Almost everyone loves a good party or getting together with friends, but for some people the idea of spending time with people is just ‘exhausting’.
You probably know the difference between extroverts and introverts; extroverts are loud and brash the life of the party while introverts are quiet, more retiring people.
Or at least that’s the accepted wisdom. In fact introverts can be just as loud as extroverts and vice versa, the real difference is that extroverts are energised by being around people while introverts recharge in their own company.
Most people are in fact a mixture of both and it’s perfectly normal to need a break from people every now and again – these are called ‘introvert hangovers’.
According to blogger Shawna Courter on her blog Introvert, Dear the reason’s simple enough and has to do with how much energy we have for socialising.
Introverts have a more limited ration of energy available for socialising, compared to our more extroverted counterparts.
When we push past those reserves, we hit a tipping point where we go from being ‘fine’ to ‘definitely not okay’.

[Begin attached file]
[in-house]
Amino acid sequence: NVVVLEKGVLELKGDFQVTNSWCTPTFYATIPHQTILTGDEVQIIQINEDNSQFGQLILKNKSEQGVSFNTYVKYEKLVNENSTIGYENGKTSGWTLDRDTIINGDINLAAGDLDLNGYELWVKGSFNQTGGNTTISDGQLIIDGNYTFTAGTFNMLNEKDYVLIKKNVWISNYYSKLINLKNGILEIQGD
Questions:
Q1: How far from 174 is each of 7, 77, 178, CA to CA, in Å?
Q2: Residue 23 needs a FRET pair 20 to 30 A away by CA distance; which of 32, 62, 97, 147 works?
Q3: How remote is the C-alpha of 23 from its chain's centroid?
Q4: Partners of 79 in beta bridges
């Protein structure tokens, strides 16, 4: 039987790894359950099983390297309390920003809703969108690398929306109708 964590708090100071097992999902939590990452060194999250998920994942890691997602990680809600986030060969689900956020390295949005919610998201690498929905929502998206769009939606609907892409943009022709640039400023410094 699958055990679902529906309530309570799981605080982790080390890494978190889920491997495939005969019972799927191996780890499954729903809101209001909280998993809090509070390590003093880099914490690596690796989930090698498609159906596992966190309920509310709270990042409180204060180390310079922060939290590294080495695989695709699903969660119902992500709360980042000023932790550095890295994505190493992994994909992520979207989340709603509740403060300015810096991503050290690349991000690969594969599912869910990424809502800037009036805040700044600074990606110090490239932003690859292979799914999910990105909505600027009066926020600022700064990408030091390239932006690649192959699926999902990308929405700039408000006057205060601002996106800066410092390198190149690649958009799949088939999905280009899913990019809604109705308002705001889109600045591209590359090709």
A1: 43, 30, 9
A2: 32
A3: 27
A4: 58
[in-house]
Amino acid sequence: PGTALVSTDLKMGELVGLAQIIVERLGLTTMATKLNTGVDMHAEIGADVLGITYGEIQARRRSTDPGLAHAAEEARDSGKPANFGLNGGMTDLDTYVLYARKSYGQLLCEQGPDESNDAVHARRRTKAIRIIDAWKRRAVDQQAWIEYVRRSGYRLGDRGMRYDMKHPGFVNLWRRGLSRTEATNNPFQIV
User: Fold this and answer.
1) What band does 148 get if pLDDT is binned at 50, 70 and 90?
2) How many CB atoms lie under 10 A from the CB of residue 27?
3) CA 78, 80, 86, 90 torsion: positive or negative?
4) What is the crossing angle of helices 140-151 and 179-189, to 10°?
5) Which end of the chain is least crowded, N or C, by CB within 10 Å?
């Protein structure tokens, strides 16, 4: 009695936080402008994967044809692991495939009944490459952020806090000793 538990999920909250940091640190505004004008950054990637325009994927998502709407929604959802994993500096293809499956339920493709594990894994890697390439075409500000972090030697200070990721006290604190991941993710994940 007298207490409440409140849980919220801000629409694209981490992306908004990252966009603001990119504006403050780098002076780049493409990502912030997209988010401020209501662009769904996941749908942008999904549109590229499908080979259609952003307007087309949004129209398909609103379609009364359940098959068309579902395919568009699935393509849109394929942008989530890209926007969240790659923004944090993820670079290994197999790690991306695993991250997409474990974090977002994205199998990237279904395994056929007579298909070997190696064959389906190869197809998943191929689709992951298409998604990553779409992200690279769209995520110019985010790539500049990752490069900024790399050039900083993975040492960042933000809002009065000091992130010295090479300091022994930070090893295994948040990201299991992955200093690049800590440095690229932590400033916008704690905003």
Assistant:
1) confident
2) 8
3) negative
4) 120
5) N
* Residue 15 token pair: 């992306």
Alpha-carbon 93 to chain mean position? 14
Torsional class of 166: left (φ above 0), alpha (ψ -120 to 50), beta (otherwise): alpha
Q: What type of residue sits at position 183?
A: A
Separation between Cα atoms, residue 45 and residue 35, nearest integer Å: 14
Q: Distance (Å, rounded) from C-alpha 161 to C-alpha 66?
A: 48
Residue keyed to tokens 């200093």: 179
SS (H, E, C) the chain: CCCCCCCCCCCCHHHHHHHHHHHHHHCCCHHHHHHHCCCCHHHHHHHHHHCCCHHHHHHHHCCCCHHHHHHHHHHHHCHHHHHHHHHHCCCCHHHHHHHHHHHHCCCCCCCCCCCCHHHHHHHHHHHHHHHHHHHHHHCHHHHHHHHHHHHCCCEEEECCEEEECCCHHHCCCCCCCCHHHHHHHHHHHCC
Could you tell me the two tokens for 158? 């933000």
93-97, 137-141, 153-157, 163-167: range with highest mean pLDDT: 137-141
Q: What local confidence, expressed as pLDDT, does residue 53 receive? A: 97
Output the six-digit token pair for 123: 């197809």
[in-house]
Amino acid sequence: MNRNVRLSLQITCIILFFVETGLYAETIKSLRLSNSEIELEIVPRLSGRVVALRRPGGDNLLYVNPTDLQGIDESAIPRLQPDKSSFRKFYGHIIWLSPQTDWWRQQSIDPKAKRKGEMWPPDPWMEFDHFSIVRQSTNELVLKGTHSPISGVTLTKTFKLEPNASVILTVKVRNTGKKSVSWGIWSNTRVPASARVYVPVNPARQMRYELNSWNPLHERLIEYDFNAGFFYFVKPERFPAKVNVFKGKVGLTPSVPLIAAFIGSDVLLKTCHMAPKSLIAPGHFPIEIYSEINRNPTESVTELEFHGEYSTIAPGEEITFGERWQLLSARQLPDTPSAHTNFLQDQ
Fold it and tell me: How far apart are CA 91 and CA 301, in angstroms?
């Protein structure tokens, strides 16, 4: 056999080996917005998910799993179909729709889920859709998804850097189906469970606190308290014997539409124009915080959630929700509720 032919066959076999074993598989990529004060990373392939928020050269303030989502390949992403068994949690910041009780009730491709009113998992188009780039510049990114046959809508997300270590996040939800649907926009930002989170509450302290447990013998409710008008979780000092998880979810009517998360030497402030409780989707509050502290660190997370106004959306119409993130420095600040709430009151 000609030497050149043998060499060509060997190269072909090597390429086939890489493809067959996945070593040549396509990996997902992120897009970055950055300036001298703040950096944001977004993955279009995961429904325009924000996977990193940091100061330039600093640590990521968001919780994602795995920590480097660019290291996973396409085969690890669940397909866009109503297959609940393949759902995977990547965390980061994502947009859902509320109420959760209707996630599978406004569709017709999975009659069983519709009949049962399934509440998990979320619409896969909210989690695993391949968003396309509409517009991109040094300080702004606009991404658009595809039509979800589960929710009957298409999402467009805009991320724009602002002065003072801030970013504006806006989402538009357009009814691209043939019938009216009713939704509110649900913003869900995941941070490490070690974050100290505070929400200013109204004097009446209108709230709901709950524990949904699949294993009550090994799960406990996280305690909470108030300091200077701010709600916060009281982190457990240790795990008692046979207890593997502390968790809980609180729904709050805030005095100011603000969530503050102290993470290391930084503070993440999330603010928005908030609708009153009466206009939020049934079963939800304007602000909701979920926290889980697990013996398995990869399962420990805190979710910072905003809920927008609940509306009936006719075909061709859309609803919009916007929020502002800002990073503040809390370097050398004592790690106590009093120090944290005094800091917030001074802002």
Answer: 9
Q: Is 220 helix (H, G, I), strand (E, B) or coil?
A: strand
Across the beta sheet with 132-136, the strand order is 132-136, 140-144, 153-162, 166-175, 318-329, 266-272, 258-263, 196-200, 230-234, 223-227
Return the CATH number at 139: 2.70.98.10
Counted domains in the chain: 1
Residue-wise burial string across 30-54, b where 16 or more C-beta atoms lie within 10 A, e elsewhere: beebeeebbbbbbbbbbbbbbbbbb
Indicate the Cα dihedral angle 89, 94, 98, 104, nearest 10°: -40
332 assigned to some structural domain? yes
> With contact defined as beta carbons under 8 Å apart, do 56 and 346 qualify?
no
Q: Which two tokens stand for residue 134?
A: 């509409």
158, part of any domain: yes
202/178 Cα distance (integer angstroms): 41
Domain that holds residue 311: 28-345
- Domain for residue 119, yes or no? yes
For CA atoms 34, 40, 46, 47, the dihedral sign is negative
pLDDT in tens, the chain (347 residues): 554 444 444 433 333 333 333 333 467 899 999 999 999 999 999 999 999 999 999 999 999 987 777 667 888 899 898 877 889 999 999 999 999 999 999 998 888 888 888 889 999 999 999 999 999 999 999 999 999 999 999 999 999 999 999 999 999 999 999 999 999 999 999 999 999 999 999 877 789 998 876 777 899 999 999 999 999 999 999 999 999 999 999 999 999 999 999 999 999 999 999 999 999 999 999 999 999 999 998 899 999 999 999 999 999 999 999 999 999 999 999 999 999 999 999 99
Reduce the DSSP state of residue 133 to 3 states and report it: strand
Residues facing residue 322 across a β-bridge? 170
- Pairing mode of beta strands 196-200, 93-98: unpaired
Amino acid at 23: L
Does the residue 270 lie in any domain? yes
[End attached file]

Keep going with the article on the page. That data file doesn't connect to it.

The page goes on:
An ‘introvert’ hangover is, simply put, a withdrawal into oneself brought on by over-stimulation.
Don’t go thinking the idea of an introvert hangover is just a blogger’s bunkum there’s real science behind it.
Previous scientific studies have shown that introverts have a lot of neuronal activity in their reticular activating system, the area of the brain that deals with external stimuli and making introverts highly sensitive to external stimuli.
Meanwhile the opposite’s true for extroverts as well, who are less sensitive to incoming stimuli and therefore don’t get overwhelmed as quickly as introverts.
Unfortunately for introverts their hyper-sensitivity means they’re more likely to suffer from anxiety and depression.
As for the introvert hangover there’s only one cure Carter claims, ‘solitude’ and don’t worry about taking time out for yourself.
More of a concept than a journalist, Tom Percival was forged in the bowels of Salford University from which he emerged grasping a Masters in journalism.
Since then his rise has been described by himself as ‘meteoric’ rising to the esteemed rank of Social Editor at UNILAD as well as working at the BBC, Manchester Evening News, and ITV.
He credits his success to three core techniques, name repetition, personality mirroring, and never breaking off a handshake.